Methamphetamine, more commonly referred to as ‘meth’, is a powerful illicit stimulant drug with brain effects that are capable of making users delirious.
An addiction to meth can develop shockingly fast. But how is this drug processed by your body, and for how long will it stay in your system?
How long meth stays in the body is not the same for everyone. Many factors contribute to how long meth will stick around in your system.
If you are reading this article because you want to know if meth will show up on a drug test, you have even more things to consider. Not to worry; we will cover all you need to know about meth drug testing and time spent in your body below.
How Long Does Methamphetamine Stay in the Body?
Though the noticeable effects of meth don’t last long, how long trace amounts of it last in your body is a different story. If there is potential that you will be subject to drug screening any time in the coming months, and you have used meth recently, it could show up on tests.
Drug tests are conducted by sampling the following four:
Each method of testing makes meth detectable for a different duration of time.
How Long Does Methamphetamine Stay in Your Urine?
Urine testing is one of the most common forms of drug screening. It is particularly popular in the workplace. This is mostly due to the fact that drawing a urine sample is relatively non-invasive compared to other forms of lab tests that are available.
When it comes to meth, the drug can be detected via a urine sample for three to four days after the last time taken. If meth is abused regularly and heavily, with a large dosage, it might be detectable in urine for a week or so after the last use.
How Long Does Methamphetamine Stay in Your Hair?
While other forms of testing, such as urine, can detect drugs like meth for up to one week, hair sampling can do so for 3 months or more.
Hair sampling’s only downfalls are that it is slightly more invasive than urine testing (as it involves plucking a hair from somewhere on the body), and it takes about a week, on average, for substances like meth to show up on a hair test.
While 90 days is typically the standard detection time for hair tests, a 2015 study about meth detection times found that in some cases, hair tests could detect meth for up to six months!
How Long Does Methamphetamine Stay in Your Blood?
The elimination half-life of meth in the human body is around 11 hours. This means that on average, half of the meth in your bloodstream is eliminated after about 11 hours.
Meth is detectable in your blood for 1 to 3 days after your last use. Blood tests are more invasive than most other drug tests, and while they are still found in the workplace, they are less common there. More commonly, blood tests are conducted in legal and law enforcement settings.
How Long Does Methamphetamine Stay in Your Saliva?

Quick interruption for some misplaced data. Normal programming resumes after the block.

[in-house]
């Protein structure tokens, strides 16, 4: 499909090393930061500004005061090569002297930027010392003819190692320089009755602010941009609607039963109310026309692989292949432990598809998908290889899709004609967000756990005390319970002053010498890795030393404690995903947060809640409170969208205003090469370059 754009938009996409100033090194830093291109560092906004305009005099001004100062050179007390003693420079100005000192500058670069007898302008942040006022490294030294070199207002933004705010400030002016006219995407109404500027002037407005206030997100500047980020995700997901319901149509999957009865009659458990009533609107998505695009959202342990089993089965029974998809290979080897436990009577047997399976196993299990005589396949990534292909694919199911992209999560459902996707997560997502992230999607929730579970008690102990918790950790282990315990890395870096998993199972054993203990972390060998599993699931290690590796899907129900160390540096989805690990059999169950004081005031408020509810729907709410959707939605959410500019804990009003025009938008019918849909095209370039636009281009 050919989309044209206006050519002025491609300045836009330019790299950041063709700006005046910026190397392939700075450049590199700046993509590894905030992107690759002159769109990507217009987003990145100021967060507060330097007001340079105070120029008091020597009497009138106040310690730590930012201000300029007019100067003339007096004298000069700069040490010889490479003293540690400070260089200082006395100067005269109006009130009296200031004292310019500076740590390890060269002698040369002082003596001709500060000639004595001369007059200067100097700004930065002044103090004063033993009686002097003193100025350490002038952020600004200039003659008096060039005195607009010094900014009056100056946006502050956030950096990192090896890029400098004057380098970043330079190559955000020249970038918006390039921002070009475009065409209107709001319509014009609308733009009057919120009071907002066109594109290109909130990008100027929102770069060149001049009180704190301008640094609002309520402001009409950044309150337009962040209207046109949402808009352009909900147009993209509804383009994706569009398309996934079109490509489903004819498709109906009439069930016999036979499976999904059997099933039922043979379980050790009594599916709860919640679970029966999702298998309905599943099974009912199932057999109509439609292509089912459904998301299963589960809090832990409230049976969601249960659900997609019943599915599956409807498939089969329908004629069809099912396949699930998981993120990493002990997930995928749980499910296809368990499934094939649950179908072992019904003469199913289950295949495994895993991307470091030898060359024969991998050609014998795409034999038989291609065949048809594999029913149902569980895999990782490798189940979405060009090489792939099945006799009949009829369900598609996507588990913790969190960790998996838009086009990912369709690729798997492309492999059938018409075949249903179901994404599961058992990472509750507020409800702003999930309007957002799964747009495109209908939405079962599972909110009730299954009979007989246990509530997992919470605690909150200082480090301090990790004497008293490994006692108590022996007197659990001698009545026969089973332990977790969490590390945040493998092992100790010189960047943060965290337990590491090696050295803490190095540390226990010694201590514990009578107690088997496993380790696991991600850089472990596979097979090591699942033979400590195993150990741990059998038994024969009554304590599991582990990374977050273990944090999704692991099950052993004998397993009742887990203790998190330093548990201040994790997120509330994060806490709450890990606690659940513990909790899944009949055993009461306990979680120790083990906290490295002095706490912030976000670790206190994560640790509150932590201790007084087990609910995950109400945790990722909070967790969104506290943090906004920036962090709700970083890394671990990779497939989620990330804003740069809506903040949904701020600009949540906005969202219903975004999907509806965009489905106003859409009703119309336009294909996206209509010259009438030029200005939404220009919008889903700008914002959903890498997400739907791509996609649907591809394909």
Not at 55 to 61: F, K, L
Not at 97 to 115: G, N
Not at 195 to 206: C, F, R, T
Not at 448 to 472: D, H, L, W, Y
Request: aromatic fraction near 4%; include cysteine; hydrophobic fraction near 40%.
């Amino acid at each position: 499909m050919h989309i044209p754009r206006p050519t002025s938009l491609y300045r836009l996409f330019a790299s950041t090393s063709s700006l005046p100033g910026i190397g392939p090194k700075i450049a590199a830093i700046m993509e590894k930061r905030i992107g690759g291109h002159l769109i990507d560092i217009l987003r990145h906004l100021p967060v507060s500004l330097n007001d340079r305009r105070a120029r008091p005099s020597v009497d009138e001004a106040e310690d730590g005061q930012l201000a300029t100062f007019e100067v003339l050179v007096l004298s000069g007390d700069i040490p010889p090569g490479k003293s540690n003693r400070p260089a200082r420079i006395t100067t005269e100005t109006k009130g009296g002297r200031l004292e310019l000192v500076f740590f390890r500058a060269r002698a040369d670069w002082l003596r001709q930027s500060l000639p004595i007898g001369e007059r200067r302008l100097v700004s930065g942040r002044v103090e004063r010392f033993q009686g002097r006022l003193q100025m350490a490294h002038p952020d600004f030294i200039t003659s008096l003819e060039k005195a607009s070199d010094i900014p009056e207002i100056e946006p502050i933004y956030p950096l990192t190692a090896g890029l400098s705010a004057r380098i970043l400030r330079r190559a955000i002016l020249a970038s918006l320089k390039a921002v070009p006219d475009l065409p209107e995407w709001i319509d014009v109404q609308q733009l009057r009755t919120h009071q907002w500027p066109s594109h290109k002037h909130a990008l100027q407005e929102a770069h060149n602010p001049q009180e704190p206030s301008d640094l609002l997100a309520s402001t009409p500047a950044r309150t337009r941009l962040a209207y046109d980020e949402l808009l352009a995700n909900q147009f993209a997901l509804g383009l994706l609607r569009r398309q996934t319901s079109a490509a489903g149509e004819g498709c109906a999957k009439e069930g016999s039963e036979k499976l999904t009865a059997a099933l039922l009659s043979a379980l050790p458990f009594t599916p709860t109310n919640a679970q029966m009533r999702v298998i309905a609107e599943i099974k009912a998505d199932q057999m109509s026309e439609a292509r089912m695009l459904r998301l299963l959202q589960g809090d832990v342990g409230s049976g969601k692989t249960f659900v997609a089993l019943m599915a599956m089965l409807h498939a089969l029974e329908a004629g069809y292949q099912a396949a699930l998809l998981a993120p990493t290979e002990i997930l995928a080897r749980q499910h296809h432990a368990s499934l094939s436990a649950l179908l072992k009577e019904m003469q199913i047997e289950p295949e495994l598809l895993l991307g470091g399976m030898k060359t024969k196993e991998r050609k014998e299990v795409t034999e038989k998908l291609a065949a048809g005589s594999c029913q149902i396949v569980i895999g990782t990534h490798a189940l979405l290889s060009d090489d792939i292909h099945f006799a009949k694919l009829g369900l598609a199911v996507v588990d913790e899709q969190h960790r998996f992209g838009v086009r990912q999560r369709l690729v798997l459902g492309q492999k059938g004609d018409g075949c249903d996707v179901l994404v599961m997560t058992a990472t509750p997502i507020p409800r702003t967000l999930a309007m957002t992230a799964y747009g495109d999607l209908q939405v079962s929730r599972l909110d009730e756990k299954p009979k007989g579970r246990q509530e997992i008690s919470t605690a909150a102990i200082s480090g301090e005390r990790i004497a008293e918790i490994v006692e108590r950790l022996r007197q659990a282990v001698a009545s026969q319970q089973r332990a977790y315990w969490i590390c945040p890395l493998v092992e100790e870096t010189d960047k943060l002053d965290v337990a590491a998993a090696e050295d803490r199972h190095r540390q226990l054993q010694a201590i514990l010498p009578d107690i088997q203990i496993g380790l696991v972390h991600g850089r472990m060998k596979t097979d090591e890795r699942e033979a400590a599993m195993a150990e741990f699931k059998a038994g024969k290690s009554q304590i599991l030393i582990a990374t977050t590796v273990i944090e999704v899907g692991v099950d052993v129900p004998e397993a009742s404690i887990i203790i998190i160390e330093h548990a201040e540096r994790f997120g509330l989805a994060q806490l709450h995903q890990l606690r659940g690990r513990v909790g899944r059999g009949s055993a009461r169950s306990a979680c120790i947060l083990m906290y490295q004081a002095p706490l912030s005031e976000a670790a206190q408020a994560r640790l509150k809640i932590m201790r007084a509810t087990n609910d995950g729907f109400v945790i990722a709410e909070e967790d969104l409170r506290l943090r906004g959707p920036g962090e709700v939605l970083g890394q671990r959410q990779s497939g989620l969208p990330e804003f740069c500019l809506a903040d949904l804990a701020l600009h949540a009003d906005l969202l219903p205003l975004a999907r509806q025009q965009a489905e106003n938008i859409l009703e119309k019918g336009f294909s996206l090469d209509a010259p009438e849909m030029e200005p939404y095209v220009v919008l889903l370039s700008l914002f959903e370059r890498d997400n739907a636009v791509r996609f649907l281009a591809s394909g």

Meth can be detected in the saliva for 24 to 48 hours after the last dose. Saliva samples are commonly taken by placing a swab of absorbent cotton inside of the mouth.
Since this method of testing is quick, non-invasive, and does not require a lot of privacy, it is commonly used by police officers in the field.
Factors That Affect How Long Methamphetamine Will Stay in Your System
If you are facing a drug test and have used meth, the method of testing is certainly important to take into account. But other factors should be considered as well:
The rate at which a person’s body is able to move substances like meth through its system is affected by many factors. Every human body is different, and will take varying amounts of time to process meth according to the following factors:
- Percentage of body fat
- Overall health (especially liver and kidney function)
- Mental health
In general, someone who is young and healthy metabolizes drugs and other substances faster than a more elderly, sickly person. When it comes to highly addictive narcotics such as meth, it is common for a person’s health to deteriorate as they use the substance more—thus affecting how long it takes for them to process it.
Methamphetamine Use Specifics
Heavy meth usage can increase the amount of time the drug stays in your body in more than one way. Not only will it lead to overall poor health, but the drug can actually build up in the system over time.
A high frequency of use over a long period of time can result in a ‘backup’ of meth in the system. This means the drug will be detectable in tests for longer than average.
Treatment for Methamphetamine Addiction
Meth is a very addictive drug. There is no kind of meth use that is considered ‘safe’ or ‘low-risk’. Its habit-forming tendencies, coupled with the quick development of tolerance and high risk of overdose, make meth a dangerous drug.
Thousands of American lives are ruined every year by meth abuse. Don’t let yourself or a loved one become another morbid statistic. Call Spring Hill Recovery Center today to discuss options for meth treatment and recovery.